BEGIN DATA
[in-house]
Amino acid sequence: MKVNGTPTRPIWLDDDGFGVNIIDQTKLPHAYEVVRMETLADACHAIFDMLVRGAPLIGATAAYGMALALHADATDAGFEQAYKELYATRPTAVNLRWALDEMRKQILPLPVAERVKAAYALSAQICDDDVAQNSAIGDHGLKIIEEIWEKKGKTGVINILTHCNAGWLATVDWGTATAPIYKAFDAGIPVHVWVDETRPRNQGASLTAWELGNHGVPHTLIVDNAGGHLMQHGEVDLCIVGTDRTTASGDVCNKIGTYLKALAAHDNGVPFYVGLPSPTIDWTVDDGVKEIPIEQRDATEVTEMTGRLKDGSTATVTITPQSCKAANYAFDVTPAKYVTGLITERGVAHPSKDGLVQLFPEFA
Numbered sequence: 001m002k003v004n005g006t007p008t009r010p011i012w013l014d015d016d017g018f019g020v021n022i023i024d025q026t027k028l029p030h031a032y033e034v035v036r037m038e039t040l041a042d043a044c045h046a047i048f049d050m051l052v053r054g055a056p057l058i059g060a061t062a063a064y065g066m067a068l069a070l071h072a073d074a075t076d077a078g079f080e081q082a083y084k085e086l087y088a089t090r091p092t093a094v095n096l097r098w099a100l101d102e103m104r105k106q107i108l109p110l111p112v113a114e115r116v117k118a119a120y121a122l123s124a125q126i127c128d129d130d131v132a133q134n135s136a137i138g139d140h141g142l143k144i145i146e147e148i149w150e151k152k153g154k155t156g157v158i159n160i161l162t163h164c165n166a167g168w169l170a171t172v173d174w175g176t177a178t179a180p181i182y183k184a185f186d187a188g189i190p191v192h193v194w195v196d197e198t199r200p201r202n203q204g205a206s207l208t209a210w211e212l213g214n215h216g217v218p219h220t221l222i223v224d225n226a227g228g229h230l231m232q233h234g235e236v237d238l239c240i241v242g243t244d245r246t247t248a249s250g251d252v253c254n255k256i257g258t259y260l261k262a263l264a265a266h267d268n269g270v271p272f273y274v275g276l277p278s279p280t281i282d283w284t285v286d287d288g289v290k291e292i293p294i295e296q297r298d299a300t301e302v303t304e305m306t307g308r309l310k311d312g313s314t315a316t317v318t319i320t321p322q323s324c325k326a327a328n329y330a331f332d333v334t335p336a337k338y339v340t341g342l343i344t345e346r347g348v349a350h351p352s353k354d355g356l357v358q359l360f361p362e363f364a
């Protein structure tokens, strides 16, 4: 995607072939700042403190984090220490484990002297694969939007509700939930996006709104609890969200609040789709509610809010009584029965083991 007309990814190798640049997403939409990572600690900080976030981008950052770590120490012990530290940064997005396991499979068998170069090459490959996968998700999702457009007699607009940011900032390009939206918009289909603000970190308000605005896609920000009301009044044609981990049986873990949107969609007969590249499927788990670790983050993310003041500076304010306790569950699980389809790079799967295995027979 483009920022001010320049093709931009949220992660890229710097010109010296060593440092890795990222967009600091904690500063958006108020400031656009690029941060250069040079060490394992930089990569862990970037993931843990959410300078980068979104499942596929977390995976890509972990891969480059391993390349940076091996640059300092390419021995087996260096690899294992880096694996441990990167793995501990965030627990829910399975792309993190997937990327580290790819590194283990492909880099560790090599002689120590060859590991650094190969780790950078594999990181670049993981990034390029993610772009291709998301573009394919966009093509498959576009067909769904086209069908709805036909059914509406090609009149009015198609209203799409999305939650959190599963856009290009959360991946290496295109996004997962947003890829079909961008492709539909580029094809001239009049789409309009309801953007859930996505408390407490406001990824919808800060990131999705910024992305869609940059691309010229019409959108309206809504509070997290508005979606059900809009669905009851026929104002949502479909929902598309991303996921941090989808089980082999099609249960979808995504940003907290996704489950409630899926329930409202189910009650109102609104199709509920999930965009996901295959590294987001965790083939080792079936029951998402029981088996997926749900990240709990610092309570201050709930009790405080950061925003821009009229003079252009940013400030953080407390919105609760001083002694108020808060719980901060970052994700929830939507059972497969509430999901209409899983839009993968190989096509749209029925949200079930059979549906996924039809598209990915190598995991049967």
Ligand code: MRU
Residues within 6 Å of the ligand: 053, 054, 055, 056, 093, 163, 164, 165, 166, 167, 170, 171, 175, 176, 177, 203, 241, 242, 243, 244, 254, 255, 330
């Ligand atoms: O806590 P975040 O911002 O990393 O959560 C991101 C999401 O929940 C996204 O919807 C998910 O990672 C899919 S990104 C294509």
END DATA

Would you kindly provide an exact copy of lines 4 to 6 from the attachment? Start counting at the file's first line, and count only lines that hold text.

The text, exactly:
């Protein structure tokens, strides 16, 4: 995607072939700042403190984090220490484990002297694969939007509700939930996006709104609890969200609040789709509610809010009584029965083991 007309990814190798640049997403939409990572600690900080976030981008950052770590120490012990530290940064997005396991499979068998170069090459490959996968998700999702457009007699607009940011900032390009939206918009289909603000970190308000605005896609920000009301009044044609981990049986873990949107969609007969590249499927788990670790983050993310003041500076304010306790569950699980389809790079799967295995027979 483009920022001010320049093709931009949220992660890229710097010109010296060593440092890795990222967009600091904690500063958006108020400031656009690029941060250069040079060490394992930089990569862990970037993931843990959410300078980068979104499942596929977390995976890509972990891969480059391993390349940076091996640059300092390419021995087996260096690899294992880096694996441990990167793995501990965030627990829910399975792309993190997937990327580290790819590194283990492909880099560790090599002689120590060859590991650094190969780790950078594999990181670049993981990034390029993610772009291709998301573009394919966009093509498959576009067909769904086209069908709805036909059914509406090609009149009015198609209203799409999305939650959190599963856009290009959360991946290496295109996004997962947003890829079909961008492709539909580029094809001239009049789409309009309801953007859930996505408390407490406001990824919808800060990131999705910024992305869609940059691309010229019409959108309206809504509070997290508005979606059900809009669905009851026929104002949502479909929902598309991303996921941090989808089980082999099609249960979808995504940003907290996704489950409630899926329930409202189910009650109102609104199709509920999930965009996901295959590294987001965790083939080792079936029951998402029981088996997926749900990240709990610092309570201050709930009790405080950061925003821009009229003079252009940013400030953080407390919105609760001083002694108020808060719980901060970052994700929830939507059972497969509430999901209409899983839009993968190989096509749209029925949200079930059979549906996924039809598209990915190598995991049967």
Ligand code: MRU
Residues within 6 Å of the ligand: 053, 054, 055, 056, 093, 163, 164, 165, 166, 167, 170, 171, 175, 176, 177, 203, 241, 242, 243, 244, 254, 255, 330